The 11th arena opera season at the Royal Albert Hall will feature the return of Puccini's La Boheme, in a translation by David Parry, set in 1940s Paris, directed by Francesca Zambello, with choreography by Arthur Pita, from 23rd February to 6th March. Zambello will also direct an arena production of the groundbreaking Jerome Kern - Oscar Hammerstein musical Show Boat at the Royal Albert Hall next spring. Both shows will be produced by Raymond Gubbay.

Kathryn Shevelow's Charlotte: A True Account Of An Actress's Flamboyant Adventures In Eighteenth Century London's Wild And Wicked Theatrical World, recently published by Bloomsbury, by does what it says on the cover. It provides a picture of the life of Charlotte Cibber, daughter of the famous actor and playwright Colley Cibber, who found success playing male roles, at a time when audiences had a taste for women in breeches. In this guise she often appeared in sketches lampooning her father, who was known for his affected mannerisms. Eventually they fell out, when her career plummeted he refused to help her, and they were never reconciled. Charlotte was reduced to selling sausages door to door, making puppets, working in breeches as a waiter, and finally died destitute. So no happy ending, but a realistic picture of the harsh life of the theatre at the time, from the heights of Drury Lane to the depths of rural travelling players, which puts the 'suffering' of today's theatricals into perspective.

The inimitable Kaos Theatre company, who combine a cappella singing, physical theatre, storytelling, text, recorded soundtracks and video in their presentations of new writing and adaptations of classic texts, are currently touring with The Kaos Moll Flanders. Writer and Director Xavier Leret has taken Daniel Defoe's classic tale of adventure and debauchery, about one woman's journey through poverty, prostitution, pick pocketing and penitence, and given it the Kaos touch - not least by having Moll played by a man: Ralf Higgins. The cast also includes Jack Corcoran, Jane Hartley, Richard Nutter and Sarah Thorn.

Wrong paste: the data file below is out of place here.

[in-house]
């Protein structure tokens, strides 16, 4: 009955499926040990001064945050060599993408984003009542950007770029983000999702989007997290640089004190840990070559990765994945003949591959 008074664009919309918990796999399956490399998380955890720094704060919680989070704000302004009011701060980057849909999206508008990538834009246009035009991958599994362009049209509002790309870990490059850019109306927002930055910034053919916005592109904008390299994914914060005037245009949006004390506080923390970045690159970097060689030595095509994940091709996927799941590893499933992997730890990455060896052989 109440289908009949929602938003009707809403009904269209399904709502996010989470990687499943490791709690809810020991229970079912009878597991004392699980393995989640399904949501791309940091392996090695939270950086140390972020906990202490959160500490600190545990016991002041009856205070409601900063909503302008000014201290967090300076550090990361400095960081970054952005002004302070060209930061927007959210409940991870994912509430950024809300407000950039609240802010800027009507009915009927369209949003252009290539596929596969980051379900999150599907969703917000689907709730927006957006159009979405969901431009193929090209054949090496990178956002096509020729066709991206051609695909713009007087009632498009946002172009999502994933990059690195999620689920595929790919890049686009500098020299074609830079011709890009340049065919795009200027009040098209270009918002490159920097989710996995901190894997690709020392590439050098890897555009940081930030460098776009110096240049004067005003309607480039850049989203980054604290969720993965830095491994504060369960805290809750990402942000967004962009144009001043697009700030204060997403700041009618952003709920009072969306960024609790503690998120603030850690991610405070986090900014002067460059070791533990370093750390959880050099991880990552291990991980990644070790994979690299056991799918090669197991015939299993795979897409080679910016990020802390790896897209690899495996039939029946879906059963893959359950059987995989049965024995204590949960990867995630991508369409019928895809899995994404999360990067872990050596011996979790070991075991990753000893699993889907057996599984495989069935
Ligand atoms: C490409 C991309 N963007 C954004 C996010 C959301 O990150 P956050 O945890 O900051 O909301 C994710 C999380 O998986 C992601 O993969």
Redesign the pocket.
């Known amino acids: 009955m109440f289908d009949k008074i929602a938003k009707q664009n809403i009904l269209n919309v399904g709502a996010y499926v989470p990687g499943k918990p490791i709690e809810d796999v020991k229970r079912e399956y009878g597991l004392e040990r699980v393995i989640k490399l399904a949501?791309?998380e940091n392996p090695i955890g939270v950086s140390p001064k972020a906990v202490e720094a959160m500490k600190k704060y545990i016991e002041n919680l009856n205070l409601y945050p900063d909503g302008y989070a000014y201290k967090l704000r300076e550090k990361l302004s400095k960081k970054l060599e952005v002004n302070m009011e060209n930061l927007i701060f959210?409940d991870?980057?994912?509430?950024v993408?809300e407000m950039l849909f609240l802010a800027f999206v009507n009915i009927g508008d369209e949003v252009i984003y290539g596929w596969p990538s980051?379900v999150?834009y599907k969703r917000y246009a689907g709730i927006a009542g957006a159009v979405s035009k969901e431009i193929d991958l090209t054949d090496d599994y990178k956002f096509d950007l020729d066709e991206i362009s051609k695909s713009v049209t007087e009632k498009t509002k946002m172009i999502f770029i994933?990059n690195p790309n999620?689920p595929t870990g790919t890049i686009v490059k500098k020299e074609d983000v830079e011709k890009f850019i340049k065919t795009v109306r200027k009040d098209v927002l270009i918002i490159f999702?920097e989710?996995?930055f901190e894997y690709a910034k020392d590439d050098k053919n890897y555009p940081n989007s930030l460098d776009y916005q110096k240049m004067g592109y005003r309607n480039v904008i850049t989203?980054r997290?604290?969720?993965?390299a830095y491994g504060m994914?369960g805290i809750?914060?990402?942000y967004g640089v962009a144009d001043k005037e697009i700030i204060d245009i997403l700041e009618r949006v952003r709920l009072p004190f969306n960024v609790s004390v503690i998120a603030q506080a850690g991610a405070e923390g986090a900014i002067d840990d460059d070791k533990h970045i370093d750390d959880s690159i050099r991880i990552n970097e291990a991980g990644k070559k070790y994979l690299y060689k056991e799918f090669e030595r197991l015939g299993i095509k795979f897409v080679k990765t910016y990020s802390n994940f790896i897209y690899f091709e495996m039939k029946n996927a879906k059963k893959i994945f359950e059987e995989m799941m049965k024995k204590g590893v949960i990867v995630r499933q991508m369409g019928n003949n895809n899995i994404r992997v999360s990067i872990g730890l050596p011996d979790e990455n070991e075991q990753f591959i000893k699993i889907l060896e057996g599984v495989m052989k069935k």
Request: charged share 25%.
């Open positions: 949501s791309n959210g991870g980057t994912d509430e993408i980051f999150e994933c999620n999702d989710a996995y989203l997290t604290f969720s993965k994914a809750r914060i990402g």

The autumn season of the Royal Opera House's ROH2 programme in the Linbury Theatre includes: a new production of Benjamin Britten's opera A Midsummer Night's Dream, with William Towers, Gillian Keith, Katie Van Kooten, Robert Murray, Grant Doyle and Tove Dahlberg, directed by Olivia Fuchs, from 25th November to 3rd December; and the world premiere of Pinocchio, a family show using dance, song and theatre to tell the tale of the a magical puppet without strings who wants to become a real boy, created by Will Tuckett, with a score by Martin Ward, from 16th December to 7th January.

The Rumour Machine On Broadway says: that a Gate Theatre Dublin production of Brian Friel's Faith Healer, starring Ralph Fiennes as a travelling faith healer and Ian McDiarmid as his manager, directed by Jonathan Kent, which will open next February, will bypass London and transfer to New York in April; and that Lestat, Elton John and Bernie Taupin's first musical, based the Anne Rice vampire character, has found a Broadway home at the Palace Theatre, and will open on 13th April. The Rumour Machine grinds on.